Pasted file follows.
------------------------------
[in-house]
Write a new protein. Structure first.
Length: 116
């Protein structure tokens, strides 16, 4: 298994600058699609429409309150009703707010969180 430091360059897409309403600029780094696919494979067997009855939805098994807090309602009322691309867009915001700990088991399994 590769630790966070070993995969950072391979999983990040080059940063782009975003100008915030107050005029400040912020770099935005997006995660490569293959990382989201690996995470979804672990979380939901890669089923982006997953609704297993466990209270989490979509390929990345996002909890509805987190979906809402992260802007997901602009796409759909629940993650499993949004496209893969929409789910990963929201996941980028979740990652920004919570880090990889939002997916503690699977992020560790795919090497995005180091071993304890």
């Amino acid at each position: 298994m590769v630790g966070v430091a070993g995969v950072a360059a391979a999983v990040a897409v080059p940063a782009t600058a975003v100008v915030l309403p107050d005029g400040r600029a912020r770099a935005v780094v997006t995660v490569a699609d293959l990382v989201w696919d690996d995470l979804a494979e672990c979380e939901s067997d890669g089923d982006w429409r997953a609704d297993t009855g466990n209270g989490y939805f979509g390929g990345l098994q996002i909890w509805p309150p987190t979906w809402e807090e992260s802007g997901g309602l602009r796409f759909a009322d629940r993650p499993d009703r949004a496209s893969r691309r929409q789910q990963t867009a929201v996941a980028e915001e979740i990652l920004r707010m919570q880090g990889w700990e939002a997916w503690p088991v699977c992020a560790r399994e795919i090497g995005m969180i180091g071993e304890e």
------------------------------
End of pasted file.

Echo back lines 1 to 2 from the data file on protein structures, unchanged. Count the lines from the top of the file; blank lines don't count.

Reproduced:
[in-house]
Write a new protein. Structure first.